The additional cash gained from an IPO could help Twitter aggressively expand its business and make across-the-board investments in hiring, operations and acquisitions, analysts said ahead of the IPO.
Twitter said it would use its IPO proceeds for working capital, acquisitions and other general corporate purposes.
Some hurdles stand in its way, however. The ability to continually grow its user base and advertising were cited as prominent risk factors in Twitter's filing. Generating a strong revenue stream on mobile in particular is critical for Twitter, given that 75 percent of its users accessed the site on a mobile device in the three months ended June 30, 2013, according to the filing.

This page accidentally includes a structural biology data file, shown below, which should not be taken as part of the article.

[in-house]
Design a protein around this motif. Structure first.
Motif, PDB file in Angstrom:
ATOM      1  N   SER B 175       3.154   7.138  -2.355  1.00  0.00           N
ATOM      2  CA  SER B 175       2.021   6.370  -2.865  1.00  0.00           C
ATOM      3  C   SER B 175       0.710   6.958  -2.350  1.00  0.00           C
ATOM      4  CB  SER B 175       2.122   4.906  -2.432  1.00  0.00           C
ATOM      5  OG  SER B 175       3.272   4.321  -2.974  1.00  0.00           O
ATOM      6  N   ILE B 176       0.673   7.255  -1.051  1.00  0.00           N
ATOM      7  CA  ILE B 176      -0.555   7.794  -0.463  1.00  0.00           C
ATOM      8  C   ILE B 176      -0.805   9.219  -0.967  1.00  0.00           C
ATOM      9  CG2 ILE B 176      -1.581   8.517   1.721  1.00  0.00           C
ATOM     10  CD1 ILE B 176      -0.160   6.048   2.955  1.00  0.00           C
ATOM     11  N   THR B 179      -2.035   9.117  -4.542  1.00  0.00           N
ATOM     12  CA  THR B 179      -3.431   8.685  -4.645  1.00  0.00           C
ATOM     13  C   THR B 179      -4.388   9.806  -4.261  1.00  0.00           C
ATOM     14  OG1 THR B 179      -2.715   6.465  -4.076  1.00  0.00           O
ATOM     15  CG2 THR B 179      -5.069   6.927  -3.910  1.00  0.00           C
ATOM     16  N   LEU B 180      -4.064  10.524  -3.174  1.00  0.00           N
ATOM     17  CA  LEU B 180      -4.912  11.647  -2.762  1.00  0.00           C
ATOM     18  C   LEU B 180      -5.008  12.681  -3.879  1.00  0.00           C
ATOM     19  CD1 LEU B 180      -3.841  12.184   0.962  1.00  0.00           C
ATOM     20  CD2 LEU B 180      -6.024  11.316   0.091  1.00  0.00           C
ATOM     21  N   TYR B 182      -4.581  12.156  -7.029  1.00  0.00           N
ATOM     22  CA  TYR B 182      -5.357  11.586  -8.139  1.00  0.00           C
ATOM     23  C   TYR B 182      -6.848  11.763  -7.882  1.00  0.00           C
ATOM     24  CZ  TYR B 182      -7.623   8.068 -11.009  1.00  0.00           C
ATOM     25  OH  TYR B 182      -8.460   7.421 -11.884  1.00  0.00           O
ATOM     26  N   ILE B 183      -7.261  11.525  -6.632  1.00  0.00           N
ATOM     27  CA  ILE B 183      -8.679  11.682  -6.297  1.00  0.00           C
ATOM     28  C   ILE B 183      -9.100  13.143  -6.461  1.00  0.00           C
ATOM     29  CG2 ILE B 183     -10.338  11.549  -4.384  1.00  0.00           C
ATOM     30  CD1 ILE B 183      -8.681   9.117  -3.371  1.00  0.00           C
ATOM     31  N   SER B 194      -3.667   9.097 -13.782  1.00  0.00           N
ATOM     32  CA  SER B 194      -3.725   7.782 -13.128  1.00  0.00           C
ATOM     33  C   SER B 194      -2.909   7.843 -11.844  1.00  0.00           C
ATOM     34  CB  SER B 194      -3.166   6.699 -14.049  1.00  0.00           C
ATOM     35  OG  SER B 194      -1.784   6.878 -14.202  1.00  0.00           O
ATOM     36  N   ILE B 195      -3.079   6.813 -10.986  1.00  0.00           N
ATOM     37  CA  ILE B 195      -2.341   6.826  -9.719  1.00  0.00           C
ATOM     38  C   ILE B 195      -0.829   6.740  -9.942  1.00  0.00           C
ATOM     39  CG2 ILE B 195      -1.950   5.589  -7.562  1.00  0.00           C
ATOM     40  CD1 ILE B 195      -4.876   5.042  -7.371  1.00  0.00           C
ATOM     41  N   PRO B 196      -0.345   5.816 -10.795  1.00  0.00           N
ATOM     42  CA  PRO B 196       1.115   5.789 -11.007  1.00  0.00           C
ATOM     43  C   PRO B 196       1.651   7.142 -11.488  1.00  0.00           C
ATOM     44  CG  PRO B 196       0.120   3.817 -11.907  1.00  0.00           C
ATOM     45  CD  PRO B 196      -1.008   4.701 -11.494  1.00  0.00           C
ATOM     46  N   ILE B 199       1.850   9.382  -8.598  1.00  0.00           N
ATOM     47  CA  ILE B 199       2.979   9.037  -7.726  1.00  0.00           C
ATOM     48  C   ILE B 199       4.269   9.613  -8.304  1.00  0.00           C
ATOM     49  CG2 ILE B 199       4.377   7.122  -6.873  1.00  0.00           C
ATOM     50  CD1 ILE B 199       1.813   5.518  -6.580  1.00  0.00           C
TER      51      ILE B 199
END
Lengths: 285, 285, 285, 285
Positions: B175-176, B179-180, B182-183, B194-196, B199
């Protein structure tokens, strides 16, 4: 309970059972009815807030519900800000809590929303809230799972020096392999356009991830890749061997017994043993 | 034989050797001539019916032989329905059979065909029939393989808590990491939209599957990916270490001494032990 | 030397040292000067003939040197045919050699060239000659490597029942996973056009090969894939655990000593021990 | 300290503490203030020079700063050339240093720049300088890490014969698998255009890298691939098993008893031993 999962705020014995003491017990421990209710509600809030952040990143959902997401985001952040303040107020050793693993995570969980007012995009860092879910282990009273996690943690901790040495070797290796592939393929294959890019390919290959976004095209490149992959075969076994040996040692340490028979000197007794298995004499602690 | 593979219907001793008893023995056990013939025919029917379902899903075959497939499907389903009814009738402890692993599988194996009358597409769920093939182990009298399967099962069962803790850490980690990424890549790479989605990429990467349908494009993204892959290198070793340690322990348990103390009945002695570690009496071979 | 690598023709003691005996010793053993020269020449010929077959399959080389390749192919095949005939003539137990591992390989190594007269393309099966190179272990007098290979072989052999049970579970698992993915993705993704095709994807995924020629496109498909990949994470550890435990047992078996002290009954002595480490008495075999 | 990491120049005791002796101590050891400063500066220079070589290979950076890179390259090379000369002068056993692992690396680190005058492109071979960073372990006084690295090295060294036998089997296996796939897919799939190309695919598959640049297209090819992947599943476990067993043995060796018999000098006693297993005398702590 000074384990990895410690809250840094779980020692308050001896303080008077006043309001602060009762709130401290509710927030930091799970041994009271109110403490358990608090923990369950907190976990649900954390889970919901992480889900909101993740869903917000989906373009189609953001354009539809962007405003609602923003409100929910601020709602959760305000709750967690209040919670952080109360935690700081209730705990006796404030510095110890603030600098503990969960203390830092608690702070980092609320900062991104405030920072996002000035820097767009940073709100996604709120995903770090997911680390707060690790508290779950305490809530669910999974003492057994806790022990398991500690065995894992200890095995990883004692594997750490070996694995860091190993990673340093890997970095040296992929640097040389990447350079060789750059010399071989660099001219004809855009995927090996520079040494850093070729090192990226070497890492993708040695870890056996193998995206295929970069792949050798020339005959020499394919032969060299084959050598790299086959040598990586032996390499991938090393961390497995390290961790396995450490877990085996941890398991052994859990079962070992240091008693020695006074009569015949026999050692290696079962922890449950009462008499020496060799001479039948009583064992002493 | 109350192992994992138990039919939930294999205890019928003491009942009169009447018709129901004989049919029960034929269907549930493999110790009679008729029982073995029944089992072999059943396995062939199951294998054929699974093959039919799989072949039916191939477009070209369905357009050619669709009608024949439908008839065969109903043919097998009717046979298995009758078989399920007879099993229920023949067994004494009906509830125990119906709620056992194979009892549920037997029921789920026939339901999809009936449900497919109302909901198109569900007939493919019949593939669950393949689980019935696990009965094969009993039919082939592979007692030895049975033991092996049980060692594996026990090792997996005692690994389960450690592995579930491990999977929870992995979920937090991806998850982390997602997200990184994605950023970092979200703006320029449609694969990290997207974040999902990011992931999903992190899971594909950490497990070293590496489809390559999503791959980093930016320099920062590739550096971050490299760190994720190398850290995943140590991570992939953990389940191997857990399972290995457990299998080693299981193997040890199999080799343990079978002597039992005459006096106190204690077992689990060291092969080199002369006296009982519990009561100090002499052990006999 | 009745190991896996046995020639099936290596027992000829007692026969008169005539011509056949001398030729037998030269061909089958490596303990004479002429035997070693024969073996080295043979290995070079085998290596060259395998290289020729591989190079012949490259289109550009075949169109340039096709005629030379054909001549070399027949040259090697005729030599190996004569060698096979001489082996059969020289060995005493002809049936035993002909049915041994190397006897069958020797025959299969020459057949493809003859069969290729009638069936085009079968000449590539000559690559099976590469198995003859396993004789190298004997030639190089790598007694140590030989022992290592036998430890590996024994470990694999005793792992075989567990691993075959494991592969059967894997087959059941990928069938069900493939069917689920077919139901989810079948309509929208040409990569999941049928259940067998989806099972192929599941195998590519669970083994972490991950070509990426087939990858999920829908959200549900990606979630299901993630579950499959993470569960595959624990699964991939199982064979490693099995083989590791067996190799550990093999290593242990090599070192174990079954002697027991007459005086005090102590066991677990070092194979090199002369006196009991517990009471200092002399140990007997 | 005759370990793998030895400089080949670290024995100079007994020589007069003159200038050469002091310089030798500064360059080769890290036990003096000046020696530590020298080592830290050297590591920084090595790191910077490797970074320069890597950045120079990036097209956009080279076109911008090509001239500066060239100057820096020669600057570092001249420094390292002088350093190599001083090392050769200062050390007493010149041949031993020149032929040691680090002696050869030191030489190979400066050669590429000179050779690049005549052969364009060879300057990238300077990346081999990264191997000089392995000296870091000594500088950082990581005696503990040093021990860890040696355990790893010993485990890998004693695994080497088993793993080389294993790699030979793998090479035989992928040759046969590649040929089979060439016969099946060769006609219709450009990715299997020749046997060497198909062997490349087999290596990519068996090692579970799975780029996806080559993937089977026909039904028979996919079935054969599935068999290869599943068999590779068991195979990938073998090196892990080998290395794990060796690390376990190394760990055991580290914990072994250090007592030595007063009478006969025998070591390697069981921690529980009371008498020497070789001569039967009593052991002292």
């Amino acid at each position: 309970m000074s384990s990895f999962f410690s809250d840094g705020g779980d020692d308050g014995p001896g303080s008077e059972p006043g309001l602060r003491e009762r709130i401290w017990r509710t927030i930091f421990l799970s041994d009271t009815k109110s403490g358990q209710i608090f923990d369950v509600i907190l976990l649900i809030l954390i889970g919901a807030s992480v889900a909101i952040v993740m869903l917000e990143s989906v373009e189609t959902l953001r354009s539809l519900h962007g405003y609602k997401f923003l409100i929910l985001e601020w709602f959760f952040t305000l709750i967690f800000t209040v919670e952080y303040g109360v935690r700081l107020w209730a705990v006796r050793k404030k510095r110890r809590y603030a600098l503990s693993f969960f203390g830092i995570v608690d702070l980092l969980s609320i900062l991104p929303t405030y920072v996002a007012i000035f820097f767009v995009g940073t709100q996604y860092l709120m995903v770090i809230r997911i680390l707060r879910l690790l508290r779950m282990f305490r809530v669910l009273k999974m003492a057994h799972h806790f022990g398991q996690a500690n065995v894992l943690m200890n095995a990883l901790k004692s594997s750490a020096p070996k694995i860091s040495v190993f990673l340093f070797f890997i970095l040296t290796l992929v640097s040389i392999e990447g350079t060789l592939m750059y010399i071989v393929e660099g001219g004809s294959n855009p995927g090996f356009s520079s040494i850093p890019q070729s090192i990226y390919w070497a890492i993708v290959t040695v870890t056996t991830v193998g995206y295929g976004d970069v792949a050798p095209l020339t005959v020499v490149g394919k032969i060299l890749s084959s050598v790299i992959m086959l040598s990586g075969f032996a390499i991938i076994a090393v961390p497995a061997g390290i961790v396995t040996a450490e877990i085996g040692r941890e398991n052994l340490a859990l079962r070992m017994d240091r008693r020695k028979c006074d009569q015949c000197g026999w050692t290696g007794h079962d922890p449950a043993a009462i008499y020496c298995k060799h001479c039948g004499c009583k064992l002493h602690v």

A Twitter IPO had been expected for some time. The company revealed via tweet on Sept. 12 that it had filed plans for an IPO. But the initial filing was submitted confidentially to the SEC under the JOBS Act, giving Twitter a chance to prepare its paperwork away from the public eye. With the filing now public, Twitter must wait 21 days to begin its "road show" to seek funding from investors.
Twitter said it will list its shares on the Nasdaq Global Select Market or the New York Stock Exchange, suggesting it's not committing yet to one market or the other. Facebook went public on the Nasdaq, which was subsequently sued over problems it had on the first day of Facebook's trading.
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